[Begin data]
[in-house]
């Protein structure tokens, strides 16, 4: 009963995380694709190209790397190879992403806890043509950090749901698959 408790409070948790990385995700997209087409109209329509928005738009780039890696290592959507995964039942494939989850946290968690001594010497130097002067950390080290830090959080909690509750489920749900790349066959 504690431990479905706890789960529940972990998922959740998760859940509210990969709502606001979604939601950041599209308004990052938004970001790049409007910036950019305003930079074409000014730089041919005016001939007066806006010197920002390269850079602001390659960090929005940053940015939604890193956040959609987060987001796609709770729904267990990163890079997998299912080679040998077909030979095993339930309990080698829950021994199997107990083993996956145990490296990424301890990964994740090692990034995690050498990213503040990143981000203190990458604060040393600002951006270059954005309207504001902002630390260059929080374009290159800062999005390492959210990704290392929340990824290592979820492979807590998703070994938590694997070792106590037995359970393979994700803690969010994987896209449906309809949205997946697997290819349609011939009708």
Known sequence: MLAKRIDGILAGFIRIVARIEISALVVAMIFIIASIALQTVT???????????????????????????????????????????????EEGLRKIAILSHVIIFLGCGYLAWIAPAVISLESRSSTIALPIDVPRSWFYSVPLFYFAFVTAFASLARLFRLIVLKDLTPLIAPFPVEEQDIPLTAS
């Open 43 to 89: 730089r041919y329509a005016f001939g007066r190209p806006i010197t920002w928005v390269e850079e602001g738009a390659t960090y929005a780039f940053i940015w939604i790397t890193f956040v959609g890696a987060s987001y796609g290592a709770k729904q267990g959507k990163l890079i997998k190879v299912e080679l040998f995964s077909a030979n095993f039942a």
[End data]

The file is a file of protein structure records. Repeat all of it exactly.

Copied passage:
[in-house]
């Protein structure tokens, strides 16, 4: 009963995380694709190209790397190879992403806890043509950090749901698959 408790409070948790990385995700997209087409109209329509928005738009780039890696290592959507995964039942494939989850946290968690001594010497130097002067950390080290830090959080909690509750489920749900790349066959 504690431990479905706890789960529940972990998922959740998760859940509210990969709502606001979604939601950041599209308004990052938004970001790049409007910036950019305003930079074409000014730089041919005016001939007066806006010197920002390269850079602001390659960090929005940053940015939604890193956040959609987060987001796609709770729904267990990163890079997998299912080679040998077909030979095993339930309990080698829950021994199997107990083993996956145990490296990424301890990964994740090692990034995690050498990213503040990143981000203190990458604060040393600002951006270059954005309207504001902002630390260059929080374009290159800062999005390492959210990704290392929340990824290592979820492979807590998703070994938590694997070792106590037995359970393979994700803690969010994987896209449906309809949205997946697997290819349609011939009708």
Known sequence: MLAKRIDGILAGFIRIVARIEISALVVAMIFIIASIALQTVT???????????????????????????????????????????????EEGLRKIAILSHVIIFLGCGYLAWIAPAVISLESRSSTIALPIDVPRSWFYSVPLFYFAFVTAFASLARLFRLIVLKDLTPLIAPFPVEEQDIPLTAS
């Open 43 to 89: 730089r041919y329509a005016f001939g007066r190209p806006i010197t920002w928005v390269e850079e602001g738009a390659t960090y929005a780039f940053i940015w939604i790397t890193f956040v959609g890696a987060s987001y796609g290592a709770k729904q267990g959507k990163l890079i997998k190879v299912e080679l040998f995964s077909a030979n095993f039942a």